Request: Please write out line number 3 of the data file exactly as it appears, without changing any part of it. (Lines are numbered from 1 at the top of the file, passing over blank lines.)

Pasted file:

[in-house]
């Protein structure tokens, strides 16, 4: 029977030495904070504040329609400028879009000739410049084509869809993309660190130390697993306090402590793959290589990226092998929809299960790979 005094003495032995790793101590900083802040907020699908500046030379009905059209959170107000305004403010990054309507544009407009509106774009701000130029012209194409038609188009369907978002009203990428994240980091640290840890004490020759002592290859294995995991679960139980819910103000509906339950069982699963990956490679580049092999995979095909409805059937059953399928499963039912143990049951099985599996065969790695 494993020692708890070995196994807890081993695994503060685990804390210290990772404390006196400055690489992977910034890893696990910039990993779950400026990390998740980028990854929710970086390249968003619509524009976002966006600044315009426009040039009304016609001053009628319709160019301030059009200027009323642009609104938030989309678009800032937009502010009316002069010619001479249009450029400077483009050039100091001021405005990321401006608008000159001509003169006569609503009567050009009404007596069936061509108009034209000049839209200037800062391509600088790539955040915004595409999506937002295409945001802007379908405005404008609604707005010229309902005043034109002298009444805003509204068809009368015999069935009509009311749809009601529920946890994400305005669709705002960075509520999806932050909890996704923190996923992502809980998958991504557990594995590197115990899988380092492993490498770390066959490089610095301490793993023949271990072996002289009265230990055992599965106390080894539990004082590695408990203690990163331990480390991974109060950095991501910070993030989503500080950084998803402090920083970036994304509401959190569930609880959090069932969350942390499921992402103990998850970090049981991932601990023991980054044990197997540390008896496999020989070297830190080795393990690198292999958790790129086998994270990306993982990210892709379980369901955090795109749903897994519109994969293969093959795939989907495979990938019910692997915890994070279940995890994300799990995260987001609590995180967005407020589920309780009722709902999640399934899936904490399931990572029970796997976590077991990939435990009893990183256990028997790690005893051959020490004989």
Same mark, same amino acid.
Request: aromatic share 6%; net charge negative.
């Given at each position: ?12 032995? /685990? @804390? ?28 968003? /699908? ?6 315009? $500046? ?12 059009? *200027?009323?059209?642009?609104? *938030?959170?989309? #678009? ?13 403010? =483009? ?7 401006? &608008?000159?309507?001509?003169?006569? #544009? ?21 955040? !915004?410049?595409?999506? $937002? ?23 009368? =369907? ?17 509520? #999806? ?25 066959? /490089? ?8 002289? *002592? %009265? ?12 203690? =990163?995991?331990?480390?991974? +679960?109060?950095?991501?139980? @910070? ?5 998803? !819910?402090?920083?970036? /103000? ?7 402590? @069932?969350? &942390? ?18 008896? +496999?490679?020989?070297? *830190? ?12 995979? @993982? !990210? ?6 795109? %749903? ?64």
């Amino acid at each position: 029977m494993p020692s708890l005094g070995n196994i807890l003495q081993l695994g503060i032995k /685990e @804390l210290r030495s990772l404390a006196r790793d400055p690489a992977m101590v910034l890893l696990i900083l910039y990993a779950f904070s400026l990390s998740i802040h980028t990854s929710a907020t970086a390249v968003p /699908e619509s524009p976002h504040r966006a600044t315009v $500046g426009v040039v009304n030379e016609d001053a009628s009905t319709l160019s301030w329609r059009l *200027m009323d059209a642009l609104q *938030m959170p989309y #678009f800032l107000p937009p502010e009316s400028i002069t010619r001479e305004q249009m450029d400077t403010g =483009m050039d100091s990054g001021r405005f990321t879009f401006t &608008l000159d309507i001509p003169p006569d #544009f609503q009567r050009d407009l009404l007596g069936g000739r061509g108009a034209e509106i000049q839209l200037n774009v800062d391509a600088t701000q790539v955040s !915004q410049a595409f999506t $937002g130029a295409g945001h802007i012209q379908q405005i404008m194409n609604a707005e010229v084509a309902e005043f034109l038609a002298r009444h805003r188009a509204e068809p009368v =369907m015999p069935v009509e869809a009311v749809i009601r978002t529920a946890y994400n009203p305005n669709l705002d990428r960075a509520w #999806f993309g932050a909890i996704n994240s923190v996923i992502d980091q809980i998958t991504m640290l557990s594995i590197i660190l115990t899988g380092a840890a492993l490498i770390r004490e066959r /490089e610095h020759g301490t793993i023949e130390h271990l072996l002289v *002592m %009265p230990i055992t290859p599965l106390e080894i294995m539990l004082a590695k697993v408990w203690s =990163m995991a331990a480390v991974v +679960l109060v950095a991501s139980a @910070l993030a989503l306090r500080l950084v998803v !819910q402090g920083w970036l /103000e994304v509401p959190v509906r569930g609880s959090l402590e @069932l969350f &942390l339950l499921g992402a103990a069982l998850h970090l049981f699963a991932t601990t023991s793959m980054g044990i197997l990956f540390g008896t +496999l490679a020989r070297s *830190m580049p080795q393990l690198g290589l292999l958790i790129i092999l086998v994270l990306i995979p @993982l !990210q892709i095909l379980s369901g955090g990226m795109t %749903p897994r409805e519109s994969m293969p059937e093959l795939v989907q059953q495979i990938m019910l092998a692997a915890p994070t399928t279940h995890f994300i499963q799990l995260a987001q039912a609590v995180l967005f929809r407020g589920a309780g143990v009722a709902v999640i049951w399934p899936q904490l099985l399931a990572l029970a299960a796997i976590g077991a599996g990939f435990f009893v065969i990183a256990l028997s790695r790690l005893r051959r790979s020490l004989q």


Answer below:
Same mark, same amino acid.